What Is The Purpose Of The Republican Women's Policy Committee?
When a notion like this one gets major media and political play, things become...absurd. Republicans angrily protest accusations of a “war on women,” presidential candidates are labeled sexist, and public comments relating to women in any way are pounced on by people looking to proselytize.
Needless to say, I was skeptical when House Republican women unveiled their Women's Policy Committee (WPC) last week. (The fact that the background at the beginning of their promotional video is reminiscent of Home Ec. made me cringe a little too, but I'll let that one slide.) Like most people who promote equality between the sexes, I'm all for organizations that recognize women's progress and continue to narrow the gender gap by ensuring women have access to opportunities and resources. But the WPC seems to be an invention of a slightly different breed.
As of yet, I'm not entirely sure what that breed is. Right now, it seems to be mostly about saving female GOP face. This isn't because of the particular reputations of House Republican women, but rather the reputation of the entire Republican party, which historically has been criticized for having no place for women. While this is a hyperbolic statement based, again, on the incorrect idea that women are some sort of all-or-nothing political bloc, it is a criticism the GOP tends to take very seriously these days, given the high profile of women's issues.
The WPC promotional video seems to be entirely focused on that idea. It is a series of statements by House Republican women, edited together, describing their commitment to Republican principals and their efforts as lawmakers. Their message to the American public is clear: Republican women do exist, they do get elected to Congress, and they do participate in conservative reform and lawmaking in the same way Republican men do.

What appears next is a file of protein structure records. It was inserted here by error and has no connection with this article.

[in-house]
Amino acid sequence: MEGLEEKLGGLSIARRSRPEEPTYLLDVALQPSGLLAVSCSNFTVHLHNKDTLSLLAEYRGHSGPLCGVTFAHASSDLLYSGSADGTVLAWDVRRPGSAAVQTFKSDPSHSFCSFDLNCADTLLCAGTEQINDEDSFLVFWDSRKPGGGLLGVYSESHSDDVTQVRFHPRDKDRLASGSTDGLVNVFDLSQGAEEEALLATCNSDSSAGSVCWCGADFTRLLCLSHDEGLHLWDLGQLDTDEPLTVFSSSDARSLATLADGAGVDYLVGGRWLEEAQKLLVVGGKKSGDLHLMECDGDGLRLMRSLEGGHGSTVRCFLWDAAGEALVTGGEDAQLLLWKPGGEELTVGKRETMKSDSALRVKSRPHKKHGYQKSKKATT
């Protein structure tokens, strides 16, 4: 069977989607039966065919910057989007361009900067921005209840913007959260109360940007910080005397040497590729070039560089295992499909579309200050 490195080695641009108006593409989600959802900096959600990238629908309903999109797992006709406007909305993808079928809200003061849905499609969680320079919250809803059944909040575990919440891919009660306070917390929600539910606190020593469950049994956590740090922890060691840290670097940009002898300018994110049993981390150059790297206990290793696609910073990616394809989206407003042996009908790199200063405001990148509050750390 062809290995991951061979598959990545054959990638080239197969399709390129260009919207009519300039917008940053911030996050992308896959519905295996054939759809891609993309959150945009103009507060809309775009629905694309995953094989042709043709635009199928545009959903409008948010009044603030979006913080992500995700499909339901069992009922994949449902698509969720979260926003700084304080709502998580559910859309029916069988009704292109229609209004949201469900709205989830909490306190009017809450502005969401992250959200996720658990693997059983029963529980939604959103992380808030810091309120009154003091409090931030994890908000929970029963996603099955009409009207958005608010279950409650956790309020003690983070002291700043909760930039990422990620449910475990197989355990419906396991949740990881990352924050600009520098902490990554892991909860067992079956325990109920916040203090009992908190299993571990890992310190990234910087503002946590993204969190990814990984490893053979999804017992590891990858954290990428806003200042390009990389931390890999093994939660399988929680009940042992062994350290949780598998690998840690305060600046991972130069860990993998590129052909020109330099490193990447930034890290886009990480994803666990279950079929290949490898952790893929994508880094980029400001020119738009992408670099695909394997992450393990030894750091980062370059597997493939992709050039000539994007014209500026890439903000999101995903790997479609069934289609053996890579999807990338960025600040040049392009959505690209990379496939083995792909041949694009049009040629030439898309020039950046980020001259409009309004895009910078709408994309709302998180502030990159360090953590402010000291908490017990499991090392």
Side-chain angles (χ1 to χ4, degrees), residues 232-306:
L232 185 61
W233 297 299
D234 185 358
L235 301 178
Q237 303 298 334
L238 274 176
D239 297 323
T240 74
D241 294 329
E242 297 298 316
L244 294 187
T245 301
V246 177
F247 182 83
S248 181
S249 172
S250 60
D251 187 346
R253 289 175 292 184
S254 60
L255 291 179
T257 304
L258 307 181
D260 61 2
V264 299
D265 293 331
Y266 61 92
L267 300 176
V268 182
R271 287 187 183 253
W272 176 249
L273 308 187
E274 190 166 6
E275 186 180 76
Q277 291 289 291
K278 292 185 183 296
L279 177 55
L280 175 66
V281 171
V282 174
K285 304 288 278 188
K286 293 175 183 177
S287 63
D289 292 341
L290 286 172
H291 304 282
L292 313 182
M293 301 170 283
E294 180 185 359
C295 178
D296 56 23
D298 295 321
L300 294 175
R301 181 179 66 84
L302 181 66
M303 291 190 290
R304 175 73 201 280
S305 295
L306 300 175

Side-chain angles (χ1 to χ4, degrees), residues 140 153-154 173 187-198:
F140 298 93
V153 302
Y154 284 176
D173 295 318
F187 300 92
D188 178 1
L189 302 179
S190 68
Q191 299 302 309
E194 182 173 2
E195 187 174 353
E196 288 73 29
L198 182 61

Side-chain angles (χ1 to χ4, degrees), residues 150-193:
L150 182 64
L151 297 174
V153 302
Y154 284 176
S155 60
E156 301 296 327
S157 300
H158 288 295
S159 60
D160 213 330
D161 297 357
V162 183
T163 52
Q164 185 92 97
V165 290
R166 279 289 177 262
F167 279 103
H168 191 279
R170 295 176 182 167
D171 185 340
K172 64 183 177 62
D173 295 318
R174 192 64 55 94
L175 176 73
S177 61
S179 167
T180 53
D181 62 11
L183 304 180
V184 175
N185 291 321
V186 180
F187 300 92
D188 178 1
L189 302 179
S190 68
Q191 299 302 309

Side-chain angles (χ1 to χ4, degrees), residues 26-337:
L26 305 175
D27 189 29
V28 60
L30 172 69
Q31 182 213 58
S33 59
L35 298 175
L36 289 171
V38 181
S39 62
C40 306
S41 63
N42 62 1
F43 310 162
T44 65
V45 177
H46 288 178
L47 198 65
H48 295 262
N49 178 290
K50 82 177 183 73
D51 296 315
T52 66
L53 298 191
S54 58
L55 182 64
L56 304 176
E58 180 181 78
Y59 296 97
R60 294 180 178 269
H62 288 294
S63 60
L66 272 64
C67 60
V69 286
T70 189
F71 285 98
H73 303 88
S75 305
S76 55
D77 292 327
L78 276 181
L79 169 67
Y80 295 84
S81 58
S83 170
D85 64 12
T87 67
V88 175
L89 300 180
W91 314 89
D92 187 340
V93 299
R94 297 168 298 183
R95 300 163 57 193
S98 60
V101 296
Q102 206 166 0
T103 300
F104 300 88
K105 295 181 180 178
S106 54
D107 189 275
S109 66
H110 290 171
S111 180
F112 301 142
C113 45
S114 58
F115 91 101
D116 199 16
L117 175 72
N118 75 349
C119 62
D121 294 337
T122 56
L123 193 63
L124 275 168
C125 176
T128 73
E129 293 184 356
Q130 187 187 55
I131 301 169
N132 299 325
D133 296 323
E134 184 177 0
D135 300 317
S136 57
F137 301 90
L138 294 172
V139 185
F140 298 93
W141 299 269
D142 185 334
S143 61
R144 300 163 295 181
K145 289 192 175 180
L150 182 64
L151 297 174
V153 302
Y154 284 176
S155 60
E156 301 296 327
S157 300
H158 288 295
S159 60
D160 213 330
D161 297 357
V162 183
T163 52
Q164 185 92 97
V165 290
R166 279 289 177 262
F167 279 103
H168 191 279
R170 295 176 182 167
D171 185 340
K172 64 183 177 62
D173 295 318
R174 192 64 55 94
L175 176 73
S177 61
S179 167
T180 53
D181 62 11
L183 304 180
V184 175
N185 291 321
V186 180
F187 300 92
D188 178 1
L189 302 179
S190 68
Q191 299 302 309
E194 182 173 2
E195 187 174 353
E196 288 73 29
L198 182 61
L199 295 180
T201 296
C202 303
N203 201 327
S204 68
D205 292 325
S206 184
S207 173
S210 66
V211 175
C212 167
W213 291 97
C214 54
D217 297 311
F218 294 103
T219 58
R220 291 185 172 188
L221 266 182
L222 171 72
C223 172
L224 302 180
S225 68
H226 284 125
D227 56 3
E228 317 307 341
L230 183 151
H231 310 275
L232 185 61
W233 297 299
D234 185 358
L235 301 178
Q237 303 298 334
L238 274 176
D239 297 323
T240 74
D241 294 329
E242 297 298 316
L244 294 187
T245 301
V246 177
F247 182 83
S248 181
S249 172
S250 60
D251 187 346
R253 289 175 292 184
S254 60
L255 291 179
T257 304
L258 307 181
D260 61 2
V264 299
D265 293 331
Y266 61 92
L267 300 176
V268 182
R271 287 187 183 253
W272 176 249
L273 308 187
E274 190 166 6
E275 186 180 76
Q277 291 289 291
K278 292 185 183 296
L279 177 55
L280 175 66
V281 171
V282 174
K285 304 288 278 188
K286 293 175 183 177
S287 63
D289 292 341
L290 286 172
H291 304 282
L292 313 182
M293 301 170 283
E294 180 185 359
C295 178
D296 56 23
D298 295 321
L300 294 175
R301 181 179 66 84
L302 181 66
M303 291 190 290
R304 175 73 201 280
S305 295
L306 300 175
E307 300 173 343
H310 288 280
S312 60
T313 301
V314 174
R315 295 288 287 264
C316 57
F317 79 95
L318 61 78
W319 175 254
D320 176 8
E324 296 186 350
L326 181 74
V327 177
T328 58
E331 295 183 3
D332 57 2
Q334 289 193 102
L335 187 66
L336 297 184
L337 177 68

What neither the video nor the press release mentions are any of the typical accoutrements you would expect of women's committees, political or otherwise. The WPC does not propose to encourage the involvement of young women in politics, or develop a more coherent conservative policy on women's issues, or even make the voices of Republican women who aren't serving in Congress heard. As specifically stated in a press release, the WPC was formed “with the goal of raising the profile of GOP women in their roles as lawmakers.”
Beyond that, the House Republican women don't seem interested in doing much else—other than continuing to be House Republican women. Personally, I question the purpose of forming a committee that exists solely for the purpose of patting its members on the back. The Women's Policy Committee seems to me mostly a political gambit, designed not to help women (even Republican ones) at all, but rather help the party seem less hostile to women. It's an interesting concept when you consider that most of the women on the WPC voted to roll back the Violence Against Women Act, backing instead a less comprehensive version of the bill; and all of the women score low on Planned Parenthood's evaluation of voting records for issues related to reproductive health.
While I won't condemn the Women's Policy Committee yet, I don't see what real good it does for women or for the House. There's nothing inherently wrong with House Republican Women highlighting their achievement. What makes me wonder, of course, is why they feel the need to do so.
Reach Contributor Francesca Bessey here.